There are two other similar organizations within Quakerism, Friends United Meeting and Evangelical Friends International; each of these three organizations represent different branches within Quakerism, with the FUM occupying a more-or-less centrist theological viewpoint and the EFI representing an admixture of Quakerism and conservative evangelicalism. FGC-affiliated meetings are in the "unprogrammed" Quaker tradition, which means that such meetings take place without human pastoral leadership, or a prepared order of worship. Friends (Quakers) in FGC tend to be decidedly more socially and theologically liberal than Friends from other parts of Quakerism (and than the general U.S. population). In many respects, they are analogous to mainline Protestants who hold strongly progressive viewpoints on matters such as biblical authority, sexual mores, and attitudes toward public policy, with pacifism perhaps being the FGC's chief distinctive.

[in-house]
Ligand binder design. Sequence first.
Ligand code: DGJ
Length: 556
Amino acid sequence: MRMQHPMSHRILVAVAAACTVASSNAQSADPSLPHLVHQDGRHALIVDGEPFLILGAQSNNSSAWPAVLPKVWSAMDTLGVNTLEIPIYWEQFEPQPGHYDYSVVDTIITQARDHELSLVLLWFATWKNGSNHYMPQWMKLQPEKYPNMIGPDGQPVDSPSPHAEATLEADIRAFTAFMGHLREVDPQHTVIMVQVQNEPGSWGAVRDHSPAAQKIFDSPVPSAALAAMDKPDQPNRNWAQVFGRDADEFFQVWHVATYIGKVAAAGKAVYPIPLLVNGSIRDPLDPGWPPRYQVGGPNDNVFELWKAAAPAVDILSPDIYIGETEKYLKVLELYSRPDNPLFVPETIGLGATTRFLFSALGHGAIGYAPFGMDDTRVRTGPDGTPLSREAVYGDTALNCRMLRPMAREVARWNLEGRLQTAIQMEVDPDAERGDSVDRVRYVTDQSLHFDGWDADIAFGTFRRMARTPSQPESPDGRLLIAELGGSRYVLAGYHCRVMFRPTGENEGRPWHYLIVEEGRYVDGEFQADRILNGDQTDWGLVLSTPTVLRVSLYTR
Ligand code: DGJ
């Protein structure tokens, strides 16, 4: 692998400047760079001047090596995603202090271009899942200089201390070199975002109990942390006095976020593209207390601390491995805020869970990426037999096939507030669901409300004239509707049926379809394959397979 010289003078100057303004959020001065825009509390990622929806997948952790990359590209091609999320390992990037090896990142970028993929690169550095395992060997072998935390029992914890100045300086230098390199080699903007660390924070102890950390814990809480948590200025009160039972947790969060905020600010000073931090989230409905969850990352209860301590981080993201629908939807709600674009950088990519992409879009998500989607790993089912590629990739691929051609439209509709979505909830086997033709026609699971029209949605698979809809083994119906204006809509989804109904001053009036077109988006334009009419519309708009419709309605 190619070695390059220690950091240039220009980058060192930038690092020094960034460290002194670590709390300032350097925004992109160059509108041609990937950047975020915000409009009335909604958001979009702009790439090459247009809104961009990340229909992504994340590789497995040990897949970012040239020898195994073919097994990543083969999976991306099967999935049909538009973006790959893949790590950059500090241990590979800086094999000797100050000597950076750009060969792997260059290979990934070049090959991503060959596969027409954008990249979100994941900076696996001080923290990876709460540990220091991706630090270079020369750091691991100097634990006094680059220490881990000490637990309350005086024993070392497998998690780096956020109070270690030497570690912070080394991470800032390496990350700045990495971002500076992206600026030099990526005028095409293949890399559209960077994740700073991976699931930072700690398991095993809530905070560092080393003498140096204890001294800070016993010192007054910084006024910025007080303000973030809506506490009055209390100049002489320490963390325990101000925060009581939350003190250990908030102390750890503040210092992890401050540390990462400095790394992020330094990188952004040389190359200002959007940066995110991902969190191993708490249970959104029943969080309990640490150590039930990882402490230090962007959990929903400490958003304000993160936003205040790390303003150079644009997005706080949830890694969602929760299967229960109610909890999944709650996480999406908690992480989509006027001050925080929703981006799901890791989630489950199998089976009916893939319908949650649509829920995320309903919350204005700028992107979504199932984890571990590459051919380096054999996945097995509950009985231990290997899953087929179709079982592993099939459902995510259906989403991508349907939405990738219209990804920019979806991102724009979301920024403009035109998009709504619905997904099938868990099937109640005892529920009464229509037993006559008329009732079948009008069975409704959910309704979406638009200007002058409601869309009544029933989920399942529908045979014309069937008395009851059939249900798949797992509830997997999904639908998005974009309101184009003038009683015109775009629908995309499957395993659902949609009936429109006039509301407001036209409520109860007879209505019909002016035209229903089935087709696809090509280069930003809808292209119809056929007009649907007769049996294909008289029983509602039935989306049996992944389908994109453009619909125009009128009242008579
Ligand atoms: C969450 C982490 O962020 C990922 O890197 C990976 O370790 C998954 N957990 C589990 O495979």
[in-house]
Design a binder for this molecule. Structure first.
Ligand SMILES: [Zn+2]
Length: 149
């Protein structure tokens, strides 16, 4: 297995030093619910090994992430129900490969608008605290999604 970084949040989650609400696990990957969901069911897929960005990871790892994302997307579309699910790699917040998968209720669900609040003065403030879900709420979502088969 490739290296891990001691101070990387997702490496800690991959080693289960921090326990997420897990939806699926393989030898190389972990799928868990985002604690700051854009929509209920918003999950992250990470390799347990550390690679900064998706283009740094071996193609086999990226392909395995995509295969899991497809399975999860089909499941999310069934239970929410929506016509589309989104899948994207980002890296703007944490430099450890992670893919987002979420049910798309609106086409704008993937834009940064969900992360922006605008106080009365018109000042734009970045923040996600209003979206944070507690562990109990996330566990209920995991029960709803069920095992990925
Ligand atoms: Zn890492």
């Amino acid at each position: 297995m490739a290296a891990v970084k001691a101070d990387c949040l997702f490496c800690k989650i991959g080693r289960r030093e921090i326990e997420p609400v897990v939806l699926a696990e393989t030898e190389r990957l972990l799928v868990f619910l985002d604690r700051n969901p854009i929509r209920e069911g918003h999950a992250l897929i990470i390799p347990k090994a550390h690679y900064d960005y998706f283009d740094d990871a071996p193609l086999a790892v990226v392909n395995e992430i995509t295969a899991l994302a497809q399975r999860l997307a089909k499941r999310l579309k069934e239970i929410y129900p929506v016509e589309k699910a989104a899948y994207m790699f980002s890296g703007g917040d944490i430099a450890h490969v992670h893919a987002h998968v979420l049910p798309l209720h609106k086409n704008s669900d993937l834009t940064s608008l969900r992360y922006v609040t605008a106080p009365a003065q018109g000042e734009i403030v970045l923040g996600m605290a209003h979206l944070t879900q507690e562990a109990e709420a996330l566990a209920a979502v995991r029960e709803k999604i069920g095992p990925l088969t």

The FGC hosts an annual conference in early July for members of member organizations (although individual membership is not required to attend). It also operates a bookstore and a publishing house, and provides numerous resources for meetings and individual Friends.
The main offices for the FGC are in Philadelphia, Pennsylvania.
The FGC provides resources and opportunities that educate and invite members and attenders to experience, individually and corporately, what they believe to be God's living presence, and to discern and follow what they hold to be God's leadings. FGC reaches out to seekers and to other religious bodies inside and outside the wider Religious Society of Friends.